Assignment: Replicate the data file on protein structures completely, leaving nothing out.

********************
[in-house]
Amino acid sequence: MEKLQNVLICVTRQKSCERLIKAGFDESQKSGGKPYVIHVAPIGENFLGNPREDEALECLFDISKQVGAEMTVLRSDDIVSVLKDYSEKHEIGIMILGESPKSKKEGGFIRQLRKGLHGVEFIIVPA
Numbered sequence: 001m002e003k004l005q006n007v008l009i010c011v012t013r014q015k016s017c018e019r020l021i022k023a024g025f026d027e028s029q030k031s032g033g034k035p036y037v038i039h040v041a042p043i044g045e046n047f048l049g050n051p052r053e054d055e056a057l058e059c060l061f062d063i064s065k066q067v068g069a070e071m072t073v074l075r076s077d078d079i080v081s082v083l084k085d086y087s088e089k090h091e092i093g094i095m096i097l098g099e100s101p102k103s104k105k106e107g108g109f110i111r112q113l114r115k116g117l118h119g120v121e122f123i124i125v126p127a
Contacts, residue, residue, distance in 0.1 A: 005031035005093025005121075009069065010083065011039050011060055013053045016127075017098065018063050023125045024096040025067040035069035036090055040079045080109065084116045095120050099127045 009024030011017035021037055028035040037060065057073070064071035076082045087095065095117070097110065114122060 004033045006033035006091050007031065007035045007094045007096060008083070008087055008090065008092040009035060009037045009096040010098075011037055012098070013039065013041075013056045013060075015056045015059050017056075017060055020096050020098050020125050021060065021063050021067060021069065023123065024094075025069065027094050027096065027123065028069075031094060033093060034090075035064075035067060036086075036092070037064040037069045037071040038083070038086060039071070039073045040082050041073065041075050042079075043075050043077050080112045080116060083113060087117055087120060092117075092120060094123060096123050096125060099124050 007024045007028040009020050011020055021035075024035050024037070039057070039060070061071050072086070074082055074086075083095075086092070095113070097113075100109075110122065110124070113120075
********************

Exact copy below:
[in-house]
Amino acid sequence: MEKLQNVLICVTRQKSCERLIKAGFDESQKSGGKPYVIHVAPIGENFLGNPREDEALECLFDISKQVGAEMTVLRSDDIVSVLKDYSEKHEIGIMILGESPKSKKEGGFIRQLRKGLHGVEFIIVPA
Numbered sequence: 001m002e003k004l005q006n007v008l009i010c011v012t013r014q015k016s017c018e019r020l021i022k023a024g025f026d027e028s029q030k031s032g033g034k035p036y037v038i039h040v041a042p043i044g045e046n047f048l049g050n051p052r053e054d055e056a057l058e059c060l061f062d063i064s065k066q067v068g069a070e071m072t073v074l075r076s077d078d079i080v081s082v083l084k085d086y087s088e089k090h091e092i093g094i095m096i097l098g099e100s101p102k103s104k105k106e107g108g109f110i111r112q113l114r115k116g117l118h119g120v121e122f123i124i125v126p127a
Contacts, residue, residue, distance in 0.1 A: 005031035005093025005121075009069065010083065011039050011060055013053045016127075017098065018063050023125045024096040025067040035069035036090055040079045080109065084116045095120050099127045 009024030011017035021037055028035040037060065057073070064071035076082045087095065095117070097110065114122060 004033045006033035006091050007031065007035045007094045007096060008083070008087055008090065008092040009035060009037045009096040010098075011037055012098070013039065013041075013056045013060075015056045015059050017056075017060055020096050020098050020125050021060065021063050021067060021069065023123065024094075025069065027094050027096065027123065028069075031094060033093060034090075035064075035067060036086075036092070037064040037069045037071040038083070038086060039071070039073045040082050041073065041075050042079075043075050043077050080112045080116060083113060087117055087120060092117075092120060094123060096123050096125060099124050 007024045007028040009020050011020055021035075024035050024037070039057070039060070061071050072086070074082055074086075083095075086092070095113070097113075100109075110122065110124070113120075